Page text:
THE RECENT onshore and nearshore bid round yielded 16 bids and for Minister of Energy and Energy Industries Stuart Young, the result was unsurprising.
Yet even the minister must have breathed a sigh of relief when tenders were opened on Monday at the Ministry of Energy in Port of Spain.
Only a few months ago, only four bids were received during a deepwater bid round, all from the same consortium.
Mr Young back then cited the influence of energy company shareholders who have called on executives to avoid exploring new provinces. He also cited the “the way the global energy sector is set up.”
This week, however, such factors seemed immaterial.
However it is explained, the more recent result, which relates to onshore blocks offered in south Trinidad which are believed to be easier to manage, can be taken as a sign of confidence or, at least, of a perception of there being significant untapped potential still to be tapped into by energy companies. That’s notable for an industry that is already a century old.
All of this is just in time for the upcoming TT Energy Conference due in a few weeks, an event which often serves as a barometer of industry thinking.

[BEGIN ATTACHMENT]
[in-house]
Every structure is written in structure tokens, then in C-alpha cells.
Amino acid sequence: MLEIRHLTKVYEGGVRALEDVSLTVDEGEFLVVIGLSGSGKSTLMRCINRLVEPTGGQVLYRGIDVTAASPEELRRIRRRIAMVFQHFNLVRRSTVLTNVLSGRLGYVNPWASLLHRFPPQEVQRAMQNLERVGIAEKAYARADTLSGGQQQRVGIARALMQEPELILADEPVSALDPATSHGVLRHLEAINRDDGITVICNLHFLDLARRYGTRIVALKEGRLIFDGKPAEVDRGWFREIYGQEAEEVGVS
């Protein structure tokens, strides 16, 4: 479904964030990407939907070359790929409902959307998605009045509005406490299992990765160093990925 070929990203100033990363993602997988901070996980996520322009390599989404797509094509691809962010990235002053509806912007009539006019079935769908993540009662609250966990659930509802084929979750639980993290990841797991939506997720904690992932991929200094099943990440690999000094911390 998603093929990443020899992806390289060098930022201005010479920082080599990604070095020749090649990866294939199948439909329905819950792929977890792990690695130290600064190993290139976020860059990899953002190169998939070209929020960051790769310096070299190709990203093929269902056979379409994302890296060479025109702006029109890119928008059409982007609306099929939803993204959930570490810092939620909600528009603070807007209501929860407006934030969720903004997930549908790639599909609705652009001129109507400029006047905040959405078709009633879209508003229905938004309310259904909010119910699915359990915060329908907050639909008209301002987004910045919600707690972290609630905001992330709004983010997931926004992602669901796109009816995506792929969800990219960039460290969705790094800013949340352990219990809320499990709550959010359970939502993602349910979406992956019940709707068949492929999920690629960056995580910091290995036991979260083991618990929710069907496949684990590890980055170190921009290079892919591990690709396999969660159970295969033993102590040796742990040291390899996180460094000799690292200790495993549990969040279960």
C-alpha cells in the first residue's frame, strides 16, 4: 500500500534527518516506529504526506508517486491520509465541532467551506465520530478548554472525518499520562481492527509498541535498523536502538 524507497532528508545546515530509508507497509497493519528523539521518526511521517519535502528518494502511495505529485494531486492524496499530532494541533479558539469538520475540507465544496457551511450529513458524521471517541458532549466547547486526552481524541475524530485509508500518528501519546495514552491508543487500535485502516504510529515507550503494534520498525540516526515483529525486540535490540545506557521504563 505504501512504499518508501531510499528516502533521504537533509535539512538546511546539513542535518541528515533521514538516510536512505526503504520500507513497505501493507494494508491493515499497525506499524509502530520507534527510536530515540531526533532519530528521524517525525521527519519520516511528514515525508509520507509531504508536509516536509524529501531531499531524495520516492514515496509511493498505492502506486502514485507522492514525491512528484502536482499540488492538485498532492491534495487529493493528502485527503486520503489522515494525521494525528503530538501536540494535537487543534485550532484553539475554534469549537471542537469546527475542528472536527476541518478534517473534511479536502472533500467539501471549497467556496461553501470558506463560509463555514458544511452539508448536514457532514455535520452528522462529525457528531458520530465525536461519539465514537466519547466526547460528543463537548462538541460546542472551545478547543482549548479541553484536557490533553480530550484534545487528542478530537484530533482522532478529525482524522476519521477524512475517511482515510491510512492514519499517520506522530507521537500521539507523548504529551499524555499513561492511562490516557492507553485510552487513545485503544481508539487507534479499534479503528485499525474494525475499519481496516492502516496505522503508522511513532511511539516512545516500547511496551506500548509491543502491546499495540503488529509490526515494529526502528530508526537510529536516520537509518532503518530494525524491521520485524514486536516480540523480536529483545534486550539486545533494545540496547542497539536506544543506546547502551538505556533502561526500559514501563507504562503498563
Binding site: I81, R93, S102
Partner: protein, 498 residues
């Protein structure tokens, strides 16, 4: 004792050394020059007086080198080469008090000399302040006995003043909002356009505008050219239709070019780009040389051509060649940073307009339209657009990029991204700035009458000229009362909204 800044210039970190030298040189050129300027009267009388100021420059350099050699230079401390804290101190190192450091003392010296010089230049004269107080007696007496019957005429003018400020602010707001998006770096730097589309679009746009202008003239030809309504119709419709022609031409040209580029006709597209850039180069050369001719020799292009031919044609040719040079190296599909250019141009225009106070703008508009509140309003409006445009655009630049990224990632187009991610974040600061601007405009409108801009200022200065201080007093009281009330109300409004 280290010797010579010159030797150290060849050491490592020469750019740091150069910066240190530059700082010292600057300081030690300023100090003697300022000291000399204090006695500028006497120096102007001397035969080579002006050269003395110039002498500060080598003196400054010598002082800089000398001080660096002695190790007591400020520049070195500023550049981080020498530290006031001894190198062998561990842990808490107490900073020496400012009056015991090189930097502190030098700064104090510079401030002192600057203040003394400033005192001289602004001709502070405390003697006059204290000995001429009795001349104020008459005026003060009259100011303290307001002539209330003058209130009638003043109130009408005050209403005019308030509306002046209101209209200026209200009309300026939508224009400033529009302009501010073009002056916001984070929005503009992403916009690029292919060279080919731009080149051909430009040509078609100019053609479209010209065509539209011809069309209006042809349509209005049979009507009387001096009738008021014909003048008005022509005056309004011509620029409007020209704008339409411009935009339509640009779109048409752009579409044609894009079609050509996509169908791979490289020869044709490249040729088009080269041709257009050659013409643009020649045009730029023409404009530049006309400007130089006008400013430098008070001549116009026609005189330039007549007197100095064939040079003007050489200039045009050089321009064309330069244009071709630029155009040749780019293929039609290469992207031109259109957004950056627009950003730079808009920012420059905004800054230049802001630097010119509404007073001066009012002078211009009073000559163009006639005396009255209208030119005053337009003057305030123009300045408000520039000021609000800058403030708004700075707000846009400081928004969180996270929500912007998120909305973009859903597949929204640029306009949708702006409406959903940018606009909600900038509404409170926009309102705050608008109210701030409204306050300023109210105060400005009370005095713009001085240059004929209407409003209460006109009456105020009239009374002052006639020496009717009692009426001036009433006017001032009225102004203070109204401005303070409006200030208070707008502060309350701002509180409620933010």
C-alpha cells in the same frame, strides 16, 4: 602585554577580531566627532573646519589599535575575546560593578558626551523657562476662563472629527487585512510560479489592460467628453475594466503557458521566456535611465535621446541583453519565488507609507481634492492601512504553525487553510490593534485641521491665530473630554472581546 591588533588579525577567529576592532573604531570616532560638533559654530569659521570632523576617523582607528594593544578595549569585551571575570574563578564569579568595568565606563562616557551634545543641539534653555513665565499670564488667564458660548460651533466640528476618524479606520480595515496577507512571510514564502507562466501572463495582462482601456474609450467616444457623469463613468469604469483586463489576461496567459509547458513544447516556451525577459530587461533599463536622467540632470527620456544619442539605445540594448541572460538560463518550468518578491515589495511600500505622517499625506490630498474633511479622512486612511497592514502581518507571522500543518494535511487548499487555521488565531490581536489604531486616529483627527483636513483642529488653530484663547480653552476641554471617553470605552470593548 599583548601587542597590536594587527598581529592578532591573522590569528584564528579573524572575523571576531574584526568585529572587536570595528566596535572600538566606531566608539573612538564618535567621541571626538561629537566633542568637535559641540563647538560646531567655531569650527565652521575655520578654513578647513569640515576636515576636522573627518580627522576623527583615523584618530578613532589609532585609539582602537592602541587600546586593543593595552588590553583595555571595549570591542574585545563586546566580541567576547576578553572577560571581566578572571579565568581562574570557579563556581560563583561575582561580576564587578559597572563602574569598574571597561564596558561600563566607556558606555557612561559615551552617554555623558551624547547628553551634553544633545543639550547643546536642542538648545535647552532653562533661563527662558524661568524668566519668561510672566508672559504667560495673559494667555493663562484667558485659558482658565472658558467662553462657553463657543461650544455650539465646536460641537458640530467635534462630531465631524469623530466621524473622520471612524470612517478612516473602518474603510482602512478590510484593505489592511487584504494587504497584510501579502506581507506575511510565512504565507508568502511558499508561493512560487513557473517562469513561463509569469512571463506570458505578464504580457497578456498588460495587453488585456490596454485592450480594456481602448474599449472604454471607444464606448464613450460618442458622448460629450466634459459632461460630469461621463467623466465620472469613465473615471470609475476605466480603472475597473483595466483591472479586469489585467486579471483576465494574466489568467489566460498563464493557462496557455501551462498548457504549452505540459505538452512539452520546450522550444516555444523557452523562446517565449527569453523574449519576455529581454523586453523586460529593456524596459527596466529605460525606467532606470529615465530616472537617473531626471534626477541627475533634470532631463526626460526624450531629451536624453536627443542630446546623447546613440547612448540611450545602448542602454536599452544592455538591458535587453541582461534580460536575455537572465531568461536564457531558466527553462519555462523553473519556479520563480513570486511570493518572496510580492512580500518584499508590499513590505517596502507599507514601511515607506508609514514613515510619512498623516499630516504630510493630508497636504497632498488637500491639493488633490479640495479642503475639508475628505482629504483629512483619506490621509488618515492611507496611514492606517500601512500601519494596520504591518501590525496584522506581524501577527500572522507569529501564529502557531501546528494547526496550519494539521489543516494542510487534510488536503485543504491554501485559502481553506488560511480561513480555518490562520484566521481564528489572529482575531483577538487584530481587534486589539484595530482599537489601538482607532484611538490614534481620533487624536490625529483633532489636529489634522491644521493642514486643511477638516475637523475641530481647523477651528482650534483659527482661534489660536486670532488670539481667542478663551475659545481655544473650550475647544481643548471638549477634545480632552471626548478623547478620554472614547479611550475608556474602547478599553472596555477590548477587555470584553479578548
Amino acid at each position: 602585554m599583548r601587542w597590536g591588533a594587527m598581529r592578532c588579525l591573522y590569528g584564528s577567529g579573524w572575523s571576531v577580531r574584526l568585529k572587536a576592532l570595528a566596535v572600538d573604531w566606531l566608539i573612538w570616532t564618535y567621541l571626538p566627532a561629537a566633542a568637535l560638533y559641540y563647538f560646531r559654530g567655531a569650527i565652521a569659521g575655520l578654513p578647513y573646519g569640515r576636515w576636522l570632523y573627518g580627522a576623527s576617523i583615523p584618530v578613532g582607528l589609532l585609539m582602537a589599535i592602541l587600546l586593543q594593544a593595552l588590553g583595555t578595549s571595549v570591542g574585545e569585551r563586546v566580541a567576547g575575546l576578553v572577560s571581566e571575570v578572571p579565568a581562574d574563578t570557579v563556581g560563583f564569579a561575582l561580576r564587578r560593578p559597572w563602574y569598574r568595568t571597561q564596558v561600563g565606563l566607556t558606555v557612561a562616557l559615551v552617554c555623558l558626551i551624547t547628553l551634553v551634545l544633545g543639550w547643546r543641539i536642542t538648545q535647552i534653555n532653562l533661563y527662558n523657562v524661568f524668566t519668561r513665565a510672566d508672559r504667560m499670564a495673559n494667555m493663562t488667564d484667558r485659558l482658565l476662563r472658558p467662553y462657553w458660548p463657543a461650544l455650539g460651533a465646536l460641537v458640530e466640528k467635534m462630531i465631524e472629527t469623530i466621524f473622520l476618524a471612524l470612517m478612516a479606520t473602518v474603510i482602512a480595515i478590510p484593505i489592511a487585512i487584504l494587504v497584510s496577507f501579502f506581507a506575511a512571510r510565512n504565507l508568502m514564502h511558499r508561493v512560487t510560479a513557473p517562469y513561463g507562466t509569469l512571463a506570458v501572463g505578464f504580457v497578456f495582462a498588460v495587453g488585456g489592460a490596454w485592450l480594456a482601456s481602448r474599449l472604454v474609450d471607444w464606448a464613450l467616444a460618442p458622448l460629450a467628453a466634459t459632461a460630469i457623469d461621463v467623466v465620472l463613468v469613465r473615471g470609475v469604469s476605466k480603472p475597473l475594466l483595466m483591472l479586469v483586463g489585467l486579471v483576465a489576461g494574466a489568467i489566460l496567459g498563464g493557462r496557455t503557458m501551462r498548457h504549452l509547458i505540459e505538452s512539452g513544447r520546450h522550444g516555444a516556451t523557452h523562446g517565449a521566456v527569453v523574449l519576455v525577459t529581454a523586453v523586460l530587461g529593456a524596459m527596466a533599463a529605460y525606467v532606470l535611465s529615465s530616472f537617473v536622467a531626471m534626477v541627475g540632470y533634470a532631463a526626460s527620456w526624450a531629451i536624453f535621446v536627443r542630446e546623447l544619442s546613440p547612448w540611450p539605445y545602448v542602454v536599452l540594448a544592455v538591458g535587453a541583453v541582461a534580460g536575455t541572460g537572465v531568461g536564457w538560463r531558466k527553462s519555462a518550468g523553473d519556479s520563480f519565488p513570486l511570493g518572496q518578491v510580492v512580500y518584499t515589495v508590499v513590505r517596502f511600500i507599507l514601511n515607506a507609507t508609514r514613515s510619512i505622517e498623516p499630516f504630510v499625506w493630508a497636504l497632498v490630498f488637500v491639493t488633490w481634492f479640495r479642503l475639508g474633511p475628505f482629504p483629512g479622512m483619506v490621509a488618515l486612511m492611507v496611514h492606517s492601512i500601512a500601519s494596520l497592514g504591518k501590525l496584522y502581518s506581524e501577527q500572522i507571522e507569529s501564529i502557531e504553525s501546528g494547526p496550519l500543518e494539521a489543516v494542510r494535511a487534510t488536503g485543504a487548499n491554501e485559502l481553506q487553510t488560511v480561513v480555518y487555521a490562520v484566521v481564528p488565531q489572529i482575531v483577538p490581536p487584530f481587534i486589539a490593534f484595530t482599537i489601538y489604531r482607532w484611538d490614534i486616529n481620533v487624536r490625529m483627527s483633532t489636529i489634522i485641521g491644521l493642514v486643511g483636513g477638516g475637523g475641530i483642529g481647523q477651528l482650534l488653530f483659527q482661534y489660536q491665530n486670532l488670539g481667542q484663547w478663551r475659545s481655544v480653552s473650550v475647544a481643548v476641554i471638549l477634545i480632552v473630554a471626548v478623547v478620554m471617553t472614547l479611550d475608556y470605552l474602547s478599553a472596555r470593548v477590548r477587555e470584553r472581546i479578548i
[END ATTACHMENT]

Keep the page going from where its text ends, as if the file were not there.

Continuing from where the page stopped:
It is undoubtedly good that this country still has a place within the global petrochemical sector. Six bids opened on Monday presumably related to foreign firms, with no representatives being present for signing.
In recent times, there have been shifts within the energy landscape, or at least attempts to engender a sense of upward momentum and optimism.
A new arrangement in relation to Atlantic LNG, which is expected to involve the consolidation of all four trains, is in the works, with Mr Young and the Prime Minister among the government officials front and centre at the recent signing of heads of agreement with Shell TT, bpTT and the National Gas Company.
At the same time, there is a stated focus on renewables, with Mr Young and others teasing the prospect of large solar facilities. The Government would like ten per cent of the energy conversation to involve renewables.
While some think that benchmark too low, and while there are awkward questions about the commitment of major energy players to net zero, what is clear is the imperative to wean this country’s economy off one basket of commodities.
The winds of change precipitated by climate change are evident, but so too is the international recognition of, for instance, the prospects offered by countries such as Guyana.
Guyana’s Energy Conference and Expo will take place mere weeks after TT’s and will feature major industry players, and possibly representatives from this country.
Meanwhile, Government anticipates 2023 will be rosier for citizens, largely on the strength of revenue gains that relate to the oil and gas sector, a sector which it wishes us to maintain in the medium term as a pragmatic transitionary measure.
Notwithstanding the results of the recent bid round, some of these gains need to be diverted into robust diversification efforts.